The gameplay is story driven and thus linear in nature, although missions can be retried at any time after completing them once. This is of interest since cache carries over from one mission to the next, and if a mission seems too hard it's often useful to go back a few missions and bank a little more cache by beating your highscores before retrying the more difficult levels in the campaigns. There are six campaigns to play through with hints that there is more content for the path defender who could get through the initial offerings. I would estimate at least ten hours play to complete the game as, after six hours on and off, I'm halfway through the forth campaign.

The visual appeal of Immortal Defense lies in its almost retro style ray traced graphics, with trails and blurs forming an almost hypnotic effect. Liberal use of vibrant colours and shades is excellent, and really helps to immerse the player in a feeling of inter-dimensional combat. It sounds great with fantastic robotic sound effects and a very satisfying shatter when enemies are dispatched. The background music is non-intrusive and fits the theme of the game well, but my personal favourite is the in-menu tune that was both unexpected yet somehow complements the game in an indescribable way for me.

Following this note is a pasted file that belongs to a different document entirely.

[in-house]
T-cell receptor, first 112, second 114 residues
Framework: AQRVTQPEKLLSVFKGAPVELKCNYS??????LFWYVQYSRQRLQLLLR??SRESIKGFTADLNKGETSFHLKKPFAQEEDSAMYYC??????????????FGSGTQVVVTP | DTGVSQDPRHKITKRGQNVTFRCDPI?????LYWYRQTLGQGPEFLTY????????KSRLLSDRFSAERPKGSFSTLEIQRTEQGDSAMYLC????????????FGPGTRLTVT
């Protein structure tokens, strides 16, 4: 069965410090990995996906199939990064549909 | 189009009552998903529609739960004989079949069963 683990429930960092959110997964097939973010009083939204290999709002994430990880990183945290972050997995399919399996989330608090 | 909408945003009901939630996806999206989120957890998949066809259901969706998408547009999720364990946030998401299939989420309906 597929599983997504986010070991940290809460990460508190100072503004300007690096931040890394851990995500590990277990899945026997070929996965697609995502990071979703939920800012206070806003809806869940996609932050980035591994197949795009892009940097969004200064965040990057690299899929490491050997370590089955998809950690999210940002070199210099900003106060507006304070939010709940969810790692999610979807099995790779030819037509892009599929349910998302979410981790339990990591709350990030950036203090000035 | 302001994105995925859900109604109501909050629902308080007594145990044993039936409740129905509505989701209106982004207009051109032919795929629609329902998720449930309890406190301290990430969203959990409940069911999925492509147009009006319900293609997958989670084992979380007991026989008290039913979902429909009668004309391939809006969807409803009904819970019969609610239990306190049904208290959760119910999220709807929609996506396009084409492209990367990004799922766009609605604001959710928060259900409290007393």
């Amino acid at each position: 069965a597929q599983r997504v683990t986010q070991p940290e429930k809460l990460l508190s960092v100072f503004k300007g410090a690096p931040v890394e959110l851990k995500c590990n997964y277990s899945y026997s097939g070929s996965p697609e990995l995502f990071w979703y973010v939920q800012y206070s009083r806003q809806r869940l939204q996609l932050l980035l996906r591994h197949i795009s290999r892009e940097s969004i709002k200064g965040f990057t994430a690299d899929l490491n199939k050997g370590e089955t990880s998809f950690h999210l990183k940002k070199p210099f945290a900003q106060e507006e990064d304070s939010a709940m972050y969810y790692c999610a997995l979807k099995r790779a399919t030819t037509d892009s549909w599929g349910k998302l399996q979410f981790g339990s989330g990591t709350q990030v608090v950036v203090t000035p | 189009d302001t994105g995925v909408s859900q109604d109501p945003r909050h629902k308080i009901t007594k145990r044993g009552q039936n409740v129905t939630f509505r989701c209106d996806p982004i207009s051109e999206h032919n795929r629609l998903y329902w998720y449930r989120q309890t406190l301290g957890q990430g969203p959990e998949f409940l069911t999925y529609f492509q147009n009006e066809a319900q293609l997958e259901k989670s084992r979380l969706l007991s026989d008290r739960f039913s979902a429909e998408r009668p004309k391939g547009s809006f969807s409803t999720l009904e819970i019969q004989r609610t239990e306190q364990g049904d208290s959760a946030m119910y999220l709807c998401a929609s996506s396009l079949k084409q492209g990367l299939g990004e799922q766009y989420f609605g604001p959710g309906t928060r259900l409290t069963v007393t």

I'm hard pushed to find any negative criticism although the levels do tend to feel a bit repetitive after a while. Even though there is a difficulty slider that could be used to replay the game for a greater challenge, I'm not sure that I'd want to play it through again. The good thing with the difficulty slider is that it can be adjusted mid-campaign if you find yourself hopelessly stuck on a particular level, but bear in mind that score and cache are both scaled up or down with difficulty.

I don't think that the appeal of Immortal Defense will be for everyone, but those who will enjoy the game will be immediately drawn to it. It's quite easy to pick up and play in that the game fundamentals are all explained in the first few missions. It can be a good coffee break game, but also lends itself to longer play sessions as well. I definitely recommend giving it a try. At the very least you are guaranteed a game experience unlike much you have played before. In terms of the big picture, Immortal Defense is a great advertisement for independent games at large. It's the kind of stuff that the commercial distributors would be too scared to go near since it refuses to be tied down into a particular well worn style. It's an edgy and confident production that will compel me to keep an eye on Radical Poesis to see what they come up with next.

Graphics 83%
Sound 91%
Playability 92%
Longevity 65%
Overall Score 84%
Silver Star

Published on 27 Jul 2007
Reviewed by Steve Blanch